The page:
The 7th Infantry Brigade and Headquarters East is a formation in the British Army with a direct lineage to 7th Armoured Brigade and a history that stretches back to the Napoleonic Wars. It saw active service in the Crimean War, the Second Boer War and both the First and the Second World Wars. In 2014, the 7th Armoured Brigade was re-designated as 7th Infantry Brigade, thereby ensuring that the famed "Desert Rats" continue in the British Army's Order of battle.
The 2nd Infantry Brigade was a regional brigade of the British Army, active since before the First World War. It was the regional formation of the Army in the South East of England–the Brigade commanded and administered soldiers throughout Kent, Surrey and Sussex–but also Brunei. In December 2014 the Brigade merged with 145 (South) Brigade to form Headquarters 11th Infantry Brigade and Headquarters South East.
The 11th Infantry Brigade and Headquarters South East is a regular British Army brigade formation that is part of the Army’s 'Adaptable Force' meaning it has operational units under command, as well as regional responsibilities across the South East of England. The Brigade was re-established on 1 August 2014 when 145 (South) Brigade was re-designated as Headquarters 11th Infantry Brigade. In December 2014 the brigade merged with 2 Brigade to form Headquarters 11th Infantry Brigade and Headquarters South East.
The 10th Indian Infantry Division was a war formed infantry division of the Indian Army during World War II. In four years, the division travelled over 4,000 miles (6,400 km) from Tehran to Trieste, fought three little wars, and fought two great campaigns: Anglo-Iraqi War, Invasion of Syria-Lebanon, Anglo-Soviet invasion of Iran, North African Campaign, and Italian Campaign.
The 11th Indian Infantry Division was an infantry division of the Indian Army during World War II. It formed part of Indian III Corps in the Malaya Command during the Battle of Malaya.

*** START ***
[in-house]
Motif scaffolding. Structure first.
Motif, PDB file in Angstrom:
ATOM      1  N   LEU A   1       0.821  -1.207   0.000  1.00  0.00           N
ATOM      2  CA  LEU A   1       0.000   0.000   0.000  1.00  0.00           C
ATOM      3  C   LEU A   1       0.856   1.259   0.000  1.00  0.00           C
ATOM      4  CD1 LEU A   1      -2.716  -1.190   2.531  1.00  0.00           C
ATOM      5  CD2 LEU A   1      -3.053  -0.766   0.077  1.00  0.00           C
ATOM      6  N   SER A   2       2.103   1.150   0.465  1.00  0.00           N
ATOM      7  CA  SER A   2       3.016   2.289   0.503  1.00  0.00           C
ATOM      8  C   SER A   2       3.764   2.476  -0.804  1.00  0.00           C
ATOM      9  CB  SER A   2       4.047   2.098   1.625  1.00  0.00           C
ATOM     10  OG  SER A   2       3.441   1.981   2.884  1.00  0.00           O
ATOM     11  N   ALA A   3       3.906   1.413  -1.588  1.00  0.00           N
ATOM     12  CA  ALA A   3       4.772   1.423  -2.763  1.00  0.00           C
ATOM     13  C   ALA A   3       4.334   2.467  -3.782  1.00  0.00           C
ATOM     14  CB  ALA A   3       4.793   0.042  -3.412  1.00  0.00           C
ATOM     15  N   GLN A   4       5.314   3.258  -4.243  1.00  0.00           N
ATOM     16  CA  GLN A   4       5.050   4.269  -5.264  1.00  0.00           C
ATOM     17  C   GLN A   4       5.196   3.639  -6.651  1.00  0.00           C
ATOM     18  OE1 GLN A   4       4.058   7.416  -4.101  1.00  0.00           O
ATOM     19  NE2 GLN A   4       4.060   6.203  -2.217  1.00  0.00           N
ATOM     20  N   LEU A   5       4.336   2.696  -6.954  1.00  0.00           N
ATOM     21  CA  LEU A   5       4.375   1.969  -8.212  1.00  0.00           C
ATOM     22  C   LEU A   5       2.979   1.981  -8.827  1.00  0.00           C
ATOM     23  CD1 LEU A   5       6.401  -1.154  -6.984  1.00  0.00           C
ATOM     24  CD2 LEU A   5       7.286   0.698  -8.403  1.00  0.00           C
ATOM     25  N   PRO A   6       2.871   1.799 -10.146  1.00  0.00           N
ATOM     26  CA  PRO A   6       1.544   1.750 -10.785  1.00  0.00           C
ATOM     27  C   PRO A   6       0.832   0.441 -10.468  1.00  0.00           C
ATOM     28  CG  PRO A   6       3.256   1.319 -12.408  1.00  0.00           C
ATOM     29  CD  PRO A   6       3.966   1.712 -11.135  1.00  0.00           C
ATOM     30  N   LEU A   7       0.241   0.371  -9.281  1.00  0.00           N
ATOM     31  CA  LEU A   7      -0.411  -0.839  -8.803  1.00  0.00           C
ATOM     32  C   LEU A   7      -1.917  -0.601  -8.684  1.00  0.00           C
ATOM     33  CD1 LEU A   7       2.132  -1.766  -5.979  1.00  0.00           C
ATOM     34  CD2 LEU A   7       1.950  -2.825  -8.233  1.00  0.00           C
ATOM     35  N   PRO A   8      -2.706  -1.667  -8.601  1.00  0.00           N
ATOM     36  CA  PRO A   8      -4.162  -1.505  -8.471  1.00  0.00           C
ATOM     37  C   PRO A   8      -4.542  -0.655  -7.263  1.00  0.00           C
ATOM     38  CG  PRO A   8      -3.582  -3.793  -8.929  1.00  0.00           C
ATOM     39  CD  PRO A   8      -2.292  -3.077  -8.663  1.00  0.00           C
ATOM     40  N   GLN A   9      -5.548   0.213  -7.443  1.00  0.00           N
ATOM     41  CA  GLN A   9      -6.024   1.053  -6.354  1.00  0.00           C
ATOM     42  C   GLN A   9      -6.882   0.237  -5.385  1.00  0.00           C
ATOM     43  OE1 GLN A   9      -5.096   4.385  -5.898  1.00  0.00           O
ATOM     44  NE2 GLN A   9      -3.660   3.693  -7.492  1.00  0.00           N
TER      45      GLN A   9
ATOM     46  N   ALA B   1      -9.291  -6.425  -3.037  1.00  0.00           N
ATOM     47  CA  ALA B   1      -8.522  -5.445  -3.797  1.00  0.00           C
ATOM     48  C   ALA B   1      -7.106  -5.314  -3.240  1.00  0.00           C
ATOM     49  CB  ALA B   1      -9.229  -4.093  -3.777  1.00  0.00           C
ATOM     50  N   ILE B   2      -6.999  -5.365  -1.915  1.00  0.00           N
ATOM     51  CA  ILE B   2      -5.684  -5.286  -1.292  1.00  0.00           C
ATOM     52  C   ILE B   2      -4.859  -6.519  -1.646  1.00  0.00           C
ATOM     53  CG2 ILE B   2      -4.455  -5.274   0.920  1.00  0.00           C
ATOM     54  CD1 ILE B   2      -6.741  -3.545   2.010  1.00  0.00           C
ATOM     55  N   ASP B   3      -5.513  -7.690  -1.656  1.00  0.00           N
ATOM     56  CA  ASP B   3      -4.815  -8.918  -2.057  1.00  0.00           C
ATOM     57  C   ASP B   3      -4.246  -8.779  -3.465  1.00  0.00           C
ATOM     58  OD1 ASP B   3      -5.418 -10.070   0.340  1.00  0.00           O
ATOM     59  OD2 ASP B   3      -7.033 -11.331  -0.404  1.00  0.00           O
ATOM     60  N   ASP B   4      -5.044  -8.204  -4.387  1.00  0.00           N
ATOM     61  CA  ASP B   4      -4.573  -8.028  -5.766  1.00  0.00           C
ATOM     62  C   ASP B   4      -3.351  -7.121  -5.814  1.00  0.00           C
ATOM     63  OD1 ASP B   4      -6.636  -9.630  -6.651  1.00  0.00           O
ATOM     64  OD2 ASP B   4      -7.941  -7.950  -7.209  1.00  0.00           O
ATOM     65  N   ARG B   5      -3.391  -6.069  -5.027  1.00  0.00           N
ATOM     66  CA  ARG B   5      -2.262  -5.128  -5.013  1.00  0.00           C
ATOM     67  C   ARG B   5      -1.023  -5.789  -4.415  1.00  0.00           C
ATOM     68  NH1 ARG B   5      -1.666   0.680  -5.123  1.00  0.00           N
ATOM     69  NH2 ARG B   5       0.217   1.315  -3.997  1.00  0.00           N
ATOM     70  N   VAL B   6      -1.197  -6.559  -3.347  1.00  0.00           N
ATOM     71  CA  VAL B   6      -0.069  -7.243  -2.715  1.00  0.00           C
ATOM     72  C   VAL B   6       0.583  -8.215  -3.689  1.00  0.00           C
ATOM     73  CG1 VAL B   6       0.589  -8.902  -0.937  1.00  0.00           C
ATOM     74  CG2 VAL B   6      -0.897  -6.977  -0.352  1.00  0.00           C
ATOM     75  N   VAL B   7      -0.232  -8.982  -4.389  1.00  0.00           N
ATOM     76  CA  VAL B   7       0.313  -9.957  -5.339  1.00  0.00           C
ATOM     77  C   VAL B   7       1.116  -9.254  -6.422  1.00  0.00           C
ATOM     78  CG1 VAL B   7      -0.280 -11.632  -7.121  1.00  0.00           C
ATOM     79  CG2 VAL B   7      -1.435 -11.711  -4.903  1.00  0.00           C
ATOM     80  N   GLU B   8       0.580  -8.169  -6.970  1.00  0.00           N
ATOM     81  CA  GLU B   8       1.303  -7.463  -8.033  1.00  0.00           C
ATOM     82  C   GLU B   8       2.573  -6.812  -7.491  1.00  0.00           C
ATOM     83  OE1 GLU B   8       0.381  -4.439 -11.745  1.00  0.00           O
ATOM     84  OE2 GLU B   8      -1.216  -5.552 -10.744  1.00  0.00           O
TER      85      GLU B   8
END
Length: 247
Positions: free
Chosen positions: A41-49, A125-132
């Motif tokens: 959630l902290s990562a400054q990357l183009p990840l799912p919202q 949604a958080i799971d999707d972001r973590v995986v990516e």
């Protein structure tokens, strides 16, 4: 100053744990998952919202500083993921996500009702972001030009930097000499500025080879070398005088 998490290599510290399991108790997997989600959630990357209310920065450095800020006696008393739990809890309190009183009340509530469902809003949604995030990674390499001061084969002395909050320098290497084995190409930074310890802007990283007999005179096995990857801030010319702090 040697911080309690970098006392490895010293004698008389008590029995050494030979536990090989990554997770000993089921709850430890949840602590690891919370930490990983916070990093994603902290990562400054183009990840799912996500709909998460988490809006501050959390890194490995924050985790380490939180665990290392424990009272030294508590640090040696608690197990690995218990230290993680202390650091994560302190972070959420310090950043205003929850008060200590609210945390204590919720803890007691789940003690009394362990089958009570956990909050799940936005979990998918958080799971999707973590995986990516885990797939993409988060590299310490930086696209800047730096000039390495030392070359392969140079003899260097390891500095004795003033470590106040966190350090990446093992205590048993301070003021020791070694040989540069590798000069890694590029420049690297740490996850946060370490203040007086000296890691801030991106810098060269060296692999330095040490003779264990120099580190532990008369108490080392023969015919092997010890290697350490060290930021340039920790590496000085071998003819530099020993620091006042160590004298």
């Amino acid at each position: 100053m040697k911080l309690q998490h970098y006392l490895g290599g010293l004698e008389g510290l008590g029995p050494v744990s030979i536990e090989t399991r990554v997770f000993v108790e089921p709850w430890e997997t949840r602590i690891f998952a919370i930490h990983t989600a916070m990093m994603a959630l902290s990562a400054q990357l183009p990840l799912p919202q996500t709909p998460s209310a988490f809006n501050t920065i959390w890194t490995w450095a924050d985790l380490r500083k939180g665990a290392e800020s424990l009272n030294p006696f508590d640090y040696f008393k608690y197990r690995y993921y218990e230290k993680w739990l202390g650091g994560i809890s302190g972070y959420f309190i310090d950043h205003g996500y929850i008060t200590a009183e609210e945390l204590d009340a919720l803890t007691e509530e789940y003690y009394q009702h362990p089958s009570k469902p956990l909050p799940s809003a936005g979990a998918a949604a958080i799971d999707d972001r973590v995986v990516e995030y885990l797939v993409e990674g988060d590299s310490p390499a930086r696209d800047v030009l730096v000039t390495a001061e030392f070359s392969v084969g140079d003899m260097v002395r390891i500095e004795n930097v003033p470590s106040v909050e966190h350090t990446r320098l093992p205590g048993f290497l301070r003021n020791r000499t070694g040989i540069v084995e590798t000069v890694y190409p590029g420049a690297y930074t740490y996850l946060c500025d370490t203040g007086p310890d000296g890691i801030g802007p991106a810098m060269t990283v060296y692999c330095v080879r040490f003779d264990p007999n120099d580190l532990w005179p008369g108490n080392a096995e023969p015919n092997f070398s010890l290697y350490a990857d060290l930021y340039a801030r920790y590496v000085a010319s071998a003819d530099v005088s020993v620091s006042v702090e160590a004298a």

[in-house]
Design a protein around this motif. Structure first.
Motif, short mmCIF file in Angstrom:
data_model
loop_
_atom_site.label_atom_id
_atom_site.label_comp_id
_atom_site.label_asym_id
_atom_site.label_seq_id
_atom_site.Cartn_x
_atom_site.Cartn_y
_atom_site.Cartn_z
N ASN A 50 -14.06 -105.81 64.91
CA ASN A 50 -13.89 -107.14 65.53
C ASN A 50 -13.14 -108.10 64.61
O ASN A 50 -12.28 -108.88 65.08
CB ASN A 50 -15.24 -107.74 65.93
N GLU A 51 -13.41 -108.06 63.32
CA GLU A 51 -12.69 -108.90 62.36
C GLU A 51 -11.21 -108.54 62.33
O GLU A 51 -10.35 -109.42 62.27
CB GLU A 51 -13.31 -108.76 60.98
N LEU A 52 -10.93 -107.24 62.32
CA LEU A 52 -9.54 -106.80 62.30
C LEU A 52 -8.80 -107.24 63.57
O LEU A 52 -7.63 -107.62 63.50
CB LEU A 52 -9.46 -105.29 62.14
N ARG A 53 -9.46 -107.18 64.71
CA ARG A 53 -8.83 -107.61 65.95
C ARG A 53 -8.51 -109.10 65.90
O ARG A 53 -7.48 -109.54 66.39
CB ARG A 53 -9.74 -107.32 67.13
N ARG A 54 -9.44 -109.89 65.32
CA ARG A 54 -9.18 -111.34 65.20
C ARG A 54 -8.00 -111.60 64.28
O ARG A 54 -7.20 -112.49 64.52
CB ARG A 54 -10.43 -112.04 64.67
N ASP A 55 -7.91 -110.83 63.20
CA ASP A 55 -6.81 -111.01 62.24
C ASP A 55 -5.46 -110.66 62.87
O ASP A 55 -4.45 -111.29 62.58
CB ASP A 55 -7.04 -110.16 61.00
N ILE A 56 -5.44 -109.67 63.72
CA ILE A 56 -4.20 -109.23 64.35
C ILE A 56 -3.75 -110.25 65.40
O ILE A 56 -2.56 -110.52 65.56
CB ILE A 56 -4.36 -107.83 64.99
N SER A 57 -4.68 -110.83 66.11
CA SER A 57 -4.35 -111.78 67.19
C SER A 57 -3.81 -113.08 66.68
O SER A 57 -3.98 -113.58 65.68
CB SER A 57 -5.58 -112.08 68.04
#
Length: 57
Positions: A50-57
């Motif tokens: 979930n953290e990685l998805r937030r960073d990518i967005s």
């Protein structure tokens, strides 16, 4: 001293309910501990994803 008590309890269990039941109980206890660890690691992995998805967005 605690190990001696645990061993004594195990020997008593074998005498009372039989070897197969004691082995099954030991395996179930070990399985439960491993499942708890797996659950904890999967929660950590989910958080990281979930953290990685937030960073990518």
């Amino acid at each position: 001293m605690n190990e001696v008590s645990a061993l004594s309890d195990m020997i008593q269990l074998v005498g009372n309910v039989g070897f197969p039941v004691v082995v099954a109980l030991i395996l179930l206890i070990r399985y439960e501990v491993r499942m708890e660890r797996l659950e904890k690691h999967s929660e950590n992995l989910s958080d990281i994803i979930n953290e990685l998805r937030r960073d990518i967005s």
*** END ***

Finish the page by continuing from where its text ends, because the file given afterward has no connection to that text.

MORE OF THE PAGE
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The Japanese Imperial Army landed the 25th Army under the command of General Tomoyuki Yamashita on the east coasts of Malaya and Thailand on the night of 7 December 1941.
The 15th Indian Infantry Brigade was an infantry brigade formation of the Indian Army during World War II. It was formed in September 1940, at Secunderabad in India and assigned to the 9th Indian Infantry Division. Between February and March 1941, it was attached to the 10th Indian Infantry Division, before returning to the 9th in March 1941 and sailing for Malaya. Once in Malaya the brigade was assigned to the 11th Indian Infantry Division. During the Malayan Campaign after the Battle of Jitra and the Battle of Kampar it absorbed the remnants of the 6th Indian Infantry Brigade in December 1941. The brigade eventually surrendered with the rest of the III Indian Corps after the Battle of Singapore 15 February 1942.
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The 27th Brigade was a brigade-sized infantry unit of the Australian Army. The brigade was the last Second Australian Imperial Force infantry brigade raised for service during World War II. Initially assigned to the 9th Division, the brigade was transferred to the 8th Division shortly after it was raised. Training was undertaken around Bathurst, New South Wales throughout early 1941, before the brigade was sent to British Malaya in August 1941 to reinforce the 22nd Brigade, which had been dispatched earlier in the year. Following the Japanese invasion of Malaya, the brigade went into action in January 1942, taking part in the fighting along the western side of the Malay Peninsula. Its main action during this period came around Muar before the withdrawal to Singapore. In February, the brigade took part in the short lived Battle of Singapore. When the garrison surrendered on 15 February, the majority of the brigade's personnel were taken prisoner. They subsequently spent the remainder of the war in captivity before being released in August 1945.